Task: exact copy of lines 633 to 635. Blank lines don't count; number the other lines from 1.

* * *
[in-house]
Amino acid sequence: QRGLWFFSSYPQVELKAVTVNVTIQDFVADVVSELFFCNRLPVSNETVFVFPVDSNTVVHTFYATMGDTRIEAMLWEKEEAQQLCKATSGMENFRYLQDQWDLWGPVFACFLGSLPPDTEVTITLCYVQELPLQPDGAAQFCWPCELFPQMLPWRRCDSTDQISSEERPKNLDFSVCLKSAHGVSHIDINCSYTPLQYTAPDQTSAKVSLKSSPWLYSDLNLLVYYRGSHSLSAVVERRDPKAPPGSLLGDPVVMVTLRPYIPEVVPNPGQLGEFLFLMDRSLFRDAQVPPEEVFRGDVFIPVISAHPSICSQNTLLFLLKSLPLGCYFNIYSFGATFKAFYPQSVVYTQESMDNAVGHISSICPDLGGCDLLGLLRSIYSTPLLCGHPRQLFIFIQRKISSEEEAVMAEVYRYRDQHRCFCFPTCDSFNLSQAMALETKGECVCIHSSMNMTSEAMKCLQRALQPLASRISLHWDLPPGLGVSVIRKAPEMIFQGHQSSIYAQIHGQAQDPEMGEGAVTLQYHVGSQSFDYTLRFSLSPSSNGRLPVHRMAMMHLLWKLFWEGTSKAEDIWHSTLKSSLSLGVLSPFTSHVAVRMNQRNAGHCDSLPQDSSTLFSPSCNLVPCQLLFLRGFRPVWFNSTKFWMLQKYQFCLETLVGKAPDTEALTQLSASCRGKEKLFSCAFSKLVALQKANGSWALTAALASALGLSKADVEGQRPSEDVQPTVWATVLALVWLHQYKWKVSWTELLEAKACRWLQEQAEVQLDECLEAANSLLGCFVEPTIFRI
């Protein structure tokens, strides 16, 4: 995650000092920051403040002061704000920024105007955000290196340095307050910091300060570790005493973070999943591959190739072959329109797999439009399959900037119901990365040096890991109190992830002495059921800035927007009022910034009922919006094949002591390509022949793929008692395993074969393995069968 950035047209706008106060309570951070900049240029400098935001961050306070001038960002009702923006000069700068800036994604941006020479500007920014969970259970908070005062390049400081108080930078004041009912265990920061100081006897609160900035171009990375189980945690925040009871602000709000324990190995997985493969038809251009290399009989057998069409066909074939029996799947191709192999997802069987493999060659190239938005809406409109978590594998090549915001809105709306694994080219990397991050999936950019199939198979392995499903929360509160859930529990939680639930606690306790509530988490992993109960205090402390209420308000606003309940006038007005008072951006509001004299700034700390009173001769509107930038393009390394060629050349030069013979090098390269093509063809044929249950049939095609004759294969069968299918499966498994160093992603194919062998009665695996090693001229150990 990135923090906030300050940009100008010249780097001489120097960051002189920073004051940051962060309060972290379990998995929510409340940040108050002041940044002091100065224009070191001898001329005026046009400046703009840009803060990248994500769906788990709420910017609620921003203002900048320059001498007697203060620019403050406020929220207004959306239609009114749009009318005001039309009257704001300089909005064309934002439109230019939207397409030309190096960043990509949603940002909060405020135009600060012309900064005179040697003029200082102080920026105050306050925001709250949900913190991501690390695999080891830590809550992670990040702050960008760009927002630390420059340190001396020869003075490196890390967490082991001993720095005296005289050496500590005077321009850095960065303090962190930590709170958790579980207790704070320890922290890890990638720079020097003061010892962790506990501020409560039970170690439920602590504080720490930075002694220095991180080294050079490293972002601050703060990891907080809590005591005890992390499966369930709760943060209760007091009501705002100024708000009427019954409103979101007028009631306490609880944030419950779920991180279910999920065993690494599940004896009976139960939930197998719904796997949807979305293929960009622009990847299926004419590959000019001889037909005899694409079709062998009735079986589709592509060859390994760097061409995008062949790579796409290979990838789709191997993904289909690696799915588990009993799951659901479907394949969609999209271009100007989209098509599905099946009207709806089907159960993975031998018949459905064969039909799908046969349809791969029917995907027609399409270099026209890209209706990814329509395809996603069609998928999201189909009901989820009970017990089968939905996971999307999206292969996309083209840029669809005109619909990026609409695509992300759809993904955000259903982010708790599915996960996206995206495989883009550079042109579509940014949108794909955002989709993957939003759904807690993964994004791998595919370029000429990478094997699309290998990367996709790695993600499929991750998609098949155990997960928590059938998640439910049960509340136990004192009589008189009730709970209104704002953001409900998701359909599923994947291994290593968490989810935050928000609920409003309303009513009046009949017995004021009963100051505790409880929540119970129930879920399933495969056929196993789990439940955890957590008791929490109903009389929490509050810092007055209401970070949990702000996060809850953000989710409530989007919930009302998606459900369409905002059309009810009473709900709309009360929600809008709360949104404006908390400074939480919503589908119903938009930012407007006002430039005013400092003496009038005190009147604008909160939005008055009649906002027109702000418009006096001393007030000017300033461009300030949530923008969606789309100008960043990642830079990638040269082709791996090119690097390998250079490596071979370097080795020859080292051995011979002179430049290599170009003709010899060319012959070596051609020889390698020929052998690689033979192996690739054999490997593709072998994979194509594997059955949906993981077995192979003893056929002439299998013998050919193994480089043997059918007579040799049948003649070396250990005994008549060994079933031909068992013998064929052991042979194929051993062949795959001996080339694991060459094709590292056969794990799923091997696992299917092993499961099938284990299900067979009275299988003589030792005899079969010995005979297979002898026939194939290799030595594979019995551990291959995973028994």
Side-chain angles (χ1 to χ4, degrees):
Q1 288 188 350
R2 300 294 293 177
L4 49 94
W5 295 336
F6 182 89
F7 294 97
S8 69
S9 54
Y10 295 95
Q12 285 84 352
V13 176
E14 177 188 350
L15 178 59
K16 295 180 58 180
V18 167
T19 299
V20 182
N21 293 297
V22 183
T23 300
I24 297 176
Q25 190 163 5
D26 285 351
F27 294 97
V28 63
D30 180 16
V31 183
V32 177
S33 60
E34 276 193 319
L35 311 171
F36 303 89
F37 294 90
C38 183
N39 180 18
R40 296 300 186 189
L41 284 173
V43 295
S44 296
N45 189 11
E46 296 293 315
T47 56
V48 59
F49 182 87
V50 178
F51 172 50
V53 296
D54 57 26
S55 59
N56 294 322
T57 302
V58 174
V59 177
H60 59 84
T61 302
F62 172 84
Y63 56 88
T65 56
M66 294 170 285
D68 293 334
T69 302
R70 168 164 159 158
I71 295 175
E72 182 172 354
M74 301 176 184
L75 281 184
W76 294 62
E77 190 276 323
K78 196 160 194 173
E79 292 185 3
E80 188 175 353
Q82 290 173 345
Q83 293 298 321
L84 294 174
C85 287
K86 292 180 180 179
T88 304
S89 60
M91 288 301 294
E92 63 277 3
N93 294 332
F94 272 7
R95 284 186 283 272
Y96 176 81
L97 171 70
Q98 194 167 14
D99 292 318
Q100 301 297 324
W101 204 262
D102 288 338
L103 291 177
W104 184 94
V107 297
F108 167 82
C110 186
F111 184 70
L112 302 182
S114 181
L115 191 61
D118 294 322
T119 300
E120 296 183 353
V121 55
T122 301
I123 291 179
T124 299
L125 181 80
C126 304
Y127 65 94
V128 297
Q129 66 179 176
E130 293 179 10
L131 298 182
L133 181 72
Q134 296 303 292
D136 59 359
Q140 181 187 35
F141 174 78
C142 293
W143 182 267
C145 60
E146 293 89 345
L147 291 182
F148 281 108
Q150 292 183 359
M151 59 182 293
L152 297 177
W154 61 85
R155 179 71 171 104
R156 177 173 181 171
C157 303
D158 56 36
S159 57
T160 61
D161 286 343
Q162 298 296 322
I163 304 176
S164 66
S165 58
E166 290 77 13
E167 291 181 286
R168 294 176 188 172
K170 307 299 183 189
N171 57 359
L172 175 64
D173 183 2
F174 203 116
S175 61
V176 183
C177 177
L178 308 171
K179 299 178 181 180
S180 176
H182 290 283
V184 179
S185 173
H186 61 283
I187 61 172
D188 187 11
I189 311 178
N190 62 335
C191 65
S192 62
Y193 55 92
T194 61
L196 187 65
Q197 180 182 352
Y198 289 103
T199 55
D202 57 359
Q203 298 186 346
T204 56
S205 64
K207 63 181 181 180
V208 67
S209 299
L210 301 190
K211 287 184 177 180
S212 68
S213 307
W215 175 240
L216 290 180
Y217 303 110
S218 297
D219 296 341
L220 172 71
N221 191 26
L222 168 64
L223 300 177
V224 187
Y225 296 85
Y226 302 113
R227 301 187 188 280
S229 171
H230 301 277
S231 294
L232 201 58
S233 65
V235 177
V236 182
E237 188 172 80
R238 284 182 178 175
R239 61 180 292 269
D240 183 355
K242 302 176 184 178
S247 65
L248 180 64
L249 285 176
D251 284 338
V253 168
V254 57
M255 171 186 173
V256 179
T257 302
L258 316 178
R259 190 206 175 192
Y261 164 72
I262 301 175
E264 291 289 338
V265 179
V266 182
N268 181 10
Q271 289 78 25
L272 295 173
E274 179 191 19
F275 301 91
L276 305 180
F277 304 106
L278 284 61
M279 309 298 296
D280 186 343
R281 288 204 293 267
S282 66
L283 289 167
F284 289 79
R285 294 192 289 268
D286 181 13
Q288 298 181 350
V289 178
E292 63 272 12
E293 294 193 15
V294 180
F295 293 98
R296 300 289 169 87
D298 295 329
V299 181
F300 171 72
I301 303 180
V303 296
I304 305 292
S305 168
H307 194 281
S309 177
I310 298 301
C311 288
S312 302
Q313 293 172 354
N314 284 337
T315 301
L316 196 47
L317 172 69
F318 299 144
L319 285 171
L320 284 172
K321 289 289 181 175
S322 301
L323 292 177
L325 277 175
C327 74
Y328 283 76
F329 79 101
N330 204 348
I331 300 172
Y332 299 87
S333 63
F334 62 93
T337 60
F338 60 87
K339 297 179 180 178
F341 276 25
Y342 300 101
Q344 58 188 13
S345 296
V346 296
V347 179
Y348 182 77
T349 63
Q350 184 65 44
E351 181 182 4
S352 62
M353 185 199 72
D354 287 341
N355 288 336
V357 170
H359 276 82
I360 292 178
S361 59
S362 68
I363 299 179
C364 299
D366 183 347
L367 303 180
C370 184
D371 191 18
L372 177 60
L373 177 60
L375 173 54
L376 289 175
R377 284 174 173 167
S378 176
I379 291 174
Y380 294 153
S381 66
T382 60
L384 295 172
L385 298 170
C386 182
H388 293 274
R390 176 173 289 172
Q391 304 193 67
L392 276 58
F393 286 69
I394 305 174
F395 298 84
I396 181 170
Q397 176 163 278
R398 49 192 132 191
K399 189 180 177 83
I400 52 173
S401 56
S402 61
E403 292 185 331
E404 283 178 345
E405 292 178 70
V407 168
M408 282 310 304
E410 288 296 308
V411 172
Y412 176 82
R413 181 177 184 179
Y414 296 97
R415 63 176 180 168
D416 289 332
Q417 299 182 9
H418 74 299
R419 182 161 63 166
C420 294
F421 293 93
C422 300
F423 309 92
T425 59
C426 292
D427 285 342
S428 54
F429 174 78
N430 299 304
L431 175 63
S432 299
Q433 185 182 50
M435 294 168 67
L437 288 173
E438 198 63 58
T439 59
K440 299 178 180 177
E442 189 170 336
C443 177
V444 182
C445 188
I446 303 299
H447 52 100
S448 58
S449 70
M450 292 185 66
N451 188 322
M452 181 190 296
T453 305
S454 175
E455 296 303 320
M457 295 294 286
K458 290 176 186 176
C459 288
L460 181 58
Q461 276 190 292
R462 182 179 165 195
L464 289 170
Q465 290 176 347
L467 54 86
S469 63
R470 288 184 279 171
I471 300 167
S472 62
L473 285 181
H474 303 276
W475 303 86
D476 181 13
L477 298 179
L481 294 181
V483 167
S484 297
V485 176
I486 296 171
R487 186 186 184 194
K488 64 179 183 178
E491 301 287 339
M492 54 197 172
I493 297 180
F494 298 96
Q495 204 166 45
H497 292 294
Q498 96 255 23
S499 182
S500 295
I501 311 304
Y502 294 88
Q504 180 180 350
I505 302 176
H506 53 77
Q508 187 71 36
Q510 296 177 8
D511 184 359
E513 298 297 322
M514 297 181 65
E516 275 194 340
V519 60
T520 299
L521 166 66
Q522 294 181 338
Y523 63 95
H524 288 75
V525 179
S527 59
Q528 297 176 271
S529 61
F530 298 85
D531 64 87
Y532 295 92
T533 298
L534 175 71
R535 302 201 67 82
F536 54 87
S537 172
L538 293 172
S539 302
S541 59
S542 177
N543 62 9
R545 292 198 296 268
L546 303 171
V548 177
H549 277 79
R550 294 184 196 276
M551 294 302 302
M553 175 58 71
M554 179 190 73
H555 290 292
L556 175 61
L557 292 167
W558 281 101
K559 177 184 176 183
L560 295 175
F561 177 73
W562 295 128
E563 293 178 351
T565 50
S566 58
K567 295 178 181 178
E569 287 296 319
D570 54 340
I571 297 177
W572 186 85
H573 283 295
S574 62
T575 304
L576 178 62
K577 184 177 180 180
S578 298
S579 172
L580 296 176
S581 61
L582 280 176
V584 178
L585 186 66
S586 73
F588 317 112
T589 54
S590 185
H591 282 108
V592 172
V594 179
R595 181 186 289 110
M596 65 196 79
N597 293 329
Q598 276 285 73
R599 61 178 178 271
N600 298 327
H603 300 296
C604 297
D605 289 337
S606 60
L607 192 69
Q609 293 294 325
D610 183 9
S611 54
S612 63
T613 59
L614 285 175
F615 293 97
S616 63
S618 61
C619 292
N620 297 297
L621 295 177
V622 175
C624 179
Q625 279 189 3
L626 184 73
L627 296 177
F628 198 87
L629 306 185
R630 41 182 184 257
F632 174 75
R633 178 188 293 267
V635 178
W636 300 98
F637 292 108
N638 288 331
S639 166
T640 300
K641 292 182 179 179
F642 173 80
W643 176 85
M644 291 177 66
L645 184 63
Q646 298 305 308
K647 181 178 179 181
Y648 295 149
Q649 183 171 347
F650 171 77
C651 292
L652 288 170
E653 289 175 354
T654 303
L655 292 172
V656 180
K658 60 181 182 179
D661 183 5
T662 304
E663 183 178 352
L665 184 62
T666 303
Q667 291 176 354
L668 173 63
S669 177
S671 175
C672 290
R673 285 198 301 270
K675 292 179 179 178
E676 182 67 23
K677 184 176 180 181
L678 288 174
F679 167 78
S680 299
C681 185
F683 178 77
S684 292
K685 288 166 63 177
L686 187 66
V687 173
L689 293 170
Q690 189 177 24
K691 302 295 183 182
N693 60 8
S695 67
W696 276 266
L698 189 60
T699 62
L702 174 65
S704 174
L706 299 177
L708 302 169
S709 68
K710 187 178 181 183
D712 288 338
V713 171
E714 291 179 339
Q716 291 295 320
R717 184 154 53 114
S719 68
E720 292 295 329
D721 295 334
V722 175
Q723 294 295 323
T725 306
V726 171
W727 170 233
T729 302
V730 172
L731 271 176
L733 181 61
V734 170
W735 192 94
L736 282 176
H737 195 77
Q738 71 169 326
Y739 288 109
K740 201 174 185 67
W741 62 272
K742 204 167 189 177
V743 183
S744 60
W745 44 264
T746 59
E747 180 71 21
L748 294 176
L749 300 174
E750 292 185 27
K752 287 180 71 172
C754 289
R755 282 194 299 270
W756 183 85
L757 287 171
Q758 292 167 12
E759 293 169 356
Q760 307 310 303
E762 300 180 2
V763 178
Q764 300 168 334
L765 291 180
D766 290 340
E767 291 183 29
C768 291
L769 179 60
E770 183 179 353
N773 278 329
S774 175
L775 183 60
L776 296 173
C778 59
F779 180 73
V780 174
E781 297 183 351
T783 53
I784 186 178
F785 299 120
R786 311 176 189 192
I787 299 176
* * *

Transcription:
D766 290 340
E767 291 183 29
C768 291